Srinagar: Prominent civil society groups of Kashmiri Hindus have expressed concern over increasing violence in Jammu and Kashmir, stating that the region is slipping back to the hostile 1990s when insurgency was at its peak.
The groups of Kashmiri Hindus – or Kashmiri Pandits – said that the safety of minorities is at stake while the administration is unable to secure the population. The renewed fear among the minorities in the region comes days after an unverified letter, allegedly from a nondescript militant outfit, Lashkar-e-Islam (LeI), was circulated online.
The letter was addressed to representatives of the migrant camps in Kashmir, asking them to leave the valley or face harm.
President Kashmir Pandit Sangharsh Samiti (KPSS) Sanjay Tickoo said that the issuance of the letter and the target killings of non-Muslims are reminiscent of the 1990s era.
“In 1990, religious minorities were backstabbed and forced to leave Kashmir Valley by creating a hostile environment. A similar condition is created in 2022 to force Kashmiri Pandits/Kashmiri Hindus to leave Kashmir Valley," Tickoo said.
In a statement, the KPSS said even those involved in creating the environment of fear were always small in number. Still, the collective silence maintained by the rest creates a trust deficit between the communities.
Tickoo also accused the authorities of mishandling the situation and failing to provide security to the minority community.
“The safety of minorities is at stake, and the government is least bothered by the situation. This clearly shows that the administration is not interested in saving minorities or incompetent to handle the situation," Tickoo said.
The letter from LeI, believed to be the outfit splintered from Hizbul Mujahideen in 2015 after infighting that ended in the killing of most of LeI cadres, has added to the concerns amongst the fearful community.
Also terming it a return of the 1990s is Satish Mahaldar, the Jammu Kashmir Peace Forum chairman. Mahaldar said the minority community, especially the pandit community, is engulfed in "violence and death".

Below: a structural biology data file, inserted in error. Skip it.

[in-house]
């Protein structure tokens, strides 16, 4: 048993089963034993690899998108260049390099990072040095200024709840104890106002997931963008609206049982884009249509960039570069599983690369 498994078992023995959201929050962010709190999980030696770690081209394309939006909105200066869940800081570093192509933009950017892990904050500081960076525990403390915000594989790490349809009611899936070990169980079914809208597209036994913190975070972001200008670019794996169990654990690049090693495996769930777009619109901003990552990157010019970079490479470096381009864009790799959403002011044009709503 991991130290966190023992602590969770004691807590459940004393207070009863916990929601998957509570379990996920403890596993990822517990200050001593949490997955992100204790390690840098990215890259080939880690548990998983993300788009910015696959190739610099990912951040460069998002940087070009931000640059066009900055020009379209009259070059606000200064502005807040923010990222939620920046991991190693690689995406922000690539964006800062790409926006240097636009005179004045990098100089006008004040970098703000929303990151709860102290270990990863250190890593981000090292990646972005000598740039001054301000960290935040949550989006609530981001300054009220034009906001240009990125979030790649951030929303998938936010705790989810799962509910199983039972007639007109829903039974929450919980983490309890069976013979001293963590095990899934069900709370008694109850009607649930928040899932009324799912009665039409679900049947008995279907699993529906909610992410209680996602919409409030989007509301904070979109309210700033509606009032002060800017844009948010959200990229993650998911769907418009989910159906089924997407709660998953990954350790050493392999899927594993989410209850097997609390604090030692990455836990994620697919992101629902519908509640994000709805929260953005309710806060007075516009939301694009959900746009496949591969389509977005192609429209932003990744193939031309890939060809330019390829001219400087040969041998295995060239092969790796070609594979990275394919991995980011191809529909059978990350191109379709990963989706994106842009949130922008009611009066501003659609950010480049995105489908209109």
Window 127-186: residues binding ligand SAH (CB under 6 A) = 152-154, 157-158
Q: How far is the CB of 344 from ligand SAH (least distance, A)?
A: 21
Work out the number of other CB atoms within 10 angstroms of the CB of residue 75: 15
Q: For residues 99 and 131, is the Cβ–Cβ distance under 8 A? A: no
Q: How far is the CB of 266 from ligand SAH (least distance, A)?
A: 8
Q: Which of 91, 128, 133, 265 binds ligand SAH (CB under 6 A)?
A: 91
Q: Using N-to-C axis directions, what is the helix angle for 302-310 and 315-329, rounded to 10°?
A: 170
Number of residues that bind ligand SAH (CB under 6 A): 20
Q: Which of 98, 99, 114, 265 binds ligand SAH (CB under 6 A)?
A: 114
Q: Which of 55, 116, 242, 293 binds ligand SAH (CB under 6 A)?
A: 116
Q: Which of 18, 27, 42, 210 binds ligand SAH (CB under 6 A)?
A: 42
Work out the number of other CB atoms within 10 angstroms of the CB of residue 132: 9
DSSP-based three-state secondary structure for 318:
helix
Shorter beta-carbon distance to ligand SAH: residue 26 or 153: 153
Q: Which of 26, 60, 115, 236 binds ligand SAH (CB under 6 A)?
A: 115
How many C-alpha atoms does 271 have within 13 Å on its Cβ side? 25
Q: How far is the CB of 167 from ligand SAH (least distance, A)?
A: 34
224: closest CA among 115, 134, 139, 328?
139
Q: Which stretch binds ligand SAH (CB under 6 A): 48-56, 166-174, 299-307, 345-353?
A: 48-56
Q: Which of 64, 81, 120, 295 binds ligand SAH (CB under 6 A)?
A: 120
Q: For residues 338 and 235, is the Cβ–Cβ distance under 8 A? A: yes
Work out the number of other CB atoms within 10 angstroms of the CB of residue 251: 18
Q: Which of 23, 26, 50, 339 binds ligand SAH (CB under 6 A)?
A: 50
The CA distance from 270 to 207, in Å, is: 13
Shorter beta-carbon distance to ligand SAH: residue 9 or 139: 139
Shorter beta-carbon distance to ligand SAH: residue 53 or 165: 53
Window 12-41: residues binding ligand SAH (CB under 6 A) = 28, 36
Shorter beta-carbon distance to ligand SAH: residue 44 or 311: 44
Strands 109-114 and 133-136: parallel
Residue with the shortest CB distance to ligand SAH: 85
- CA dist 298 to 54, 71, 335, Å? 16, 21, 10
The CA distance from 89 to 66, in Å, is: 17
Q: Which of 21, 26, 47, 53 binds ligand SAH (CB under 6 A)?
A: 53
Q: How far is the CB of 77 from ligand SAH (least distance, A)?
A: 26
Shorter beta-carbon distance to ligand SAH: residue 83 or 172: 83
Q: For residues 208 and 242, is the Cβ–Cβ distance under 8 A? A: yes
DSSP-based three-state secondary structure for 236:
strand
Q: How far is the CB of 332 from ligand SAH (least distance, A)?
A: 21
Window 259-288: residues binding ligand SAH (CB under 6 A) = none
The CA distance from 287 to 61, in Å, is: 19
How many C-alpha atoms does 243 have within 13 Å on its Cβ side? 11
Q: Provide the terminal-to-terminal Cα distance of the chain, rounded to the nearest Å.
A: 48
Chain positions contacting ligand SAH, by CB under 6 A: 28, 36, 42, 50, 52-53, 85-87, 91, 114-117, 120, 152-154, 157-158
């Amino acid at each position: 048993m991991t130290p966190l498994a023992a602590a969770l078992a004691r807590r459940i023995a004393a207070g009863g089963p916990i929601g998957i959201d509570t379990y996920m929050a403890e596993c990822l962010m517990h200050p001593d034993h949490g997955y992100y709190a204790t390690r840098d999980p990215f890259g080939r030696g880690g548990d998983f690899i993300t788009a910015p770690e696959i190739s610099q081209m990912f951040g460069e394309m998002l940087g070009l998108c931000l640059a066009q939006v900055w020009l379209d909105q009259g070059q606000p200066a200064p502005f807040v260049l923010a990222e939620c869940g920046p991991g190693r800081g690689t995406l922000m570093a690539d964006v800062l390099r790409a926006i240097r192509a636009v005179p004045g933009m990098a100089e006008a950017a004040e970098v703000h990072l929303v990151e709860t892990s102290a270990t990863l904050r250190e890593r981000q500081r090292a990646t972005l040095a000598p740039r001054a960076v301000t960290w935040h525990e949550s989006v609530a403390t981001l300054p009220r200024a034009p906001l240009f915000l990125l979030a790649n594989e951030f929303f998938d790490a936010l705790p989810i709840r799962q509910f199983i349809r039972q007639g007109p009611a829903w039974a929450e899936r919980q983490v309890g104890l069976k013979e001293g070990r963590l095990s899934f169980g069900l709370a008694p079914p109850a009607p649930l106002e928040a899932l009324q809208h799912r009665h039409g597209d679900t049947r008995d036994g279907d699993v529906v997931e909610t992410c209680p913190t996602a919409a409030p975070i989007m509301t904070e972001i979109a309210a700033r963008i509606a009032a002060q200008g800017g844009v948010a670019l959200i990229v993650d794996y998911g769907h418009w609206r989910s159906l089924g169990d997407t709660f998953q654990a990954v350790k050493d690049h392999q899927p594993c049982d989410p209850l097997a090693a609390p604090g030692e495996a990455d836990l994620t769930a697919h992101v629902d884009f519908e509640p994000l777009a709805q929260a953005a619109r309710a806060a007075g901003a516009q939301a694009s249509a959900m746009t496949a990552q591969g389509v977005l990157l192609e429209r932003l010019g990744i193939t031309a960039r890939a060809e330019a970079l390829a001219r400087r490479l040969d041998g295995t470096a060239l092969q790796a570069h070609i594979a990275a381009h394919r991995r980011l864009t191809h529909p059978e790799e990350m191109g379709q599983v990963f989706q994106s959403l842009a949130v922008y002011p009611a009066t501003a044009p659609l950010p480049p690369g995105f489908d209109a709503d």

“I urge brethren from the majority population to come forward and protect the existence and the ethnic, cultural, religious and linguistic identity of minorities and encourage conditions for the promotion of that identity," Mahaldar said.
Abandoned Houses of migrant Pandits in Hawal village of Pulwama, South Kashmir. | Photo: Kamran Yousuf
There have been several attacks in Kashmir since October last year in which members of the minority communities were also targeted. In October, which turned out to be the deadliest, over 40 killings were reported, of which 13 were civilians. The killings triggered the migration of around 350 migrant families of Kashmiri Hindus who also fled the valley in the wake of the attacks.
The attacks believed to be carried out by The Resistance Front (TRF), however, also targeted panchayat members, policemen, and non-local workers who also began to shift outside as the attacks happened. Such attacks were again reported in March, in which the individuals from these groups were again targeted.
In April, there were at least five attacks in which seven civilians were injured, and a non-local driver was killed in one incident outside his Kulgam residence. The latest victim of the targeted attacks was identified as Manzoor Ahmad Bangroo, a sarpanch who was killed on Friday.
Recently, a Bollywood movie, 'The Kashmir Files' released in March, divided opinions about the communal harmony in the region, many claiming that the minorities were targeted systematically. However, others, including the mainstream political leadership, argued that all the communities were victimised by violence.
In its latest report on Saturday, the Concerned Citizens Group (CCG) said that they were conveyed by civil society groups that the film seeks to slander, vilify and delegitimise the valley's majority community's pain and suffering of three decades, during which period tens of thousands of youths were killed. "Every family lost a member and has a story to tell. All Kashmiris have suffered, and all need justice," the report said.
The report added that after the official promotion of the film ‘The Kashmir Files’, not only had the remaining Kashmiri Pandits become unsafe in the valley, even mainstream politicians feared for their lives.
“If Kashmiri Pandits are unsafe, do you think pro-India politicians are safe? I think we would be the first in the line of fire of the militants here. And we have become equally unsafe in the rest of India. Anything can be engineered. Anyone can shoot us – all it needs is an emotionally provoked person and one bullet," a mainstream political leader said in the report.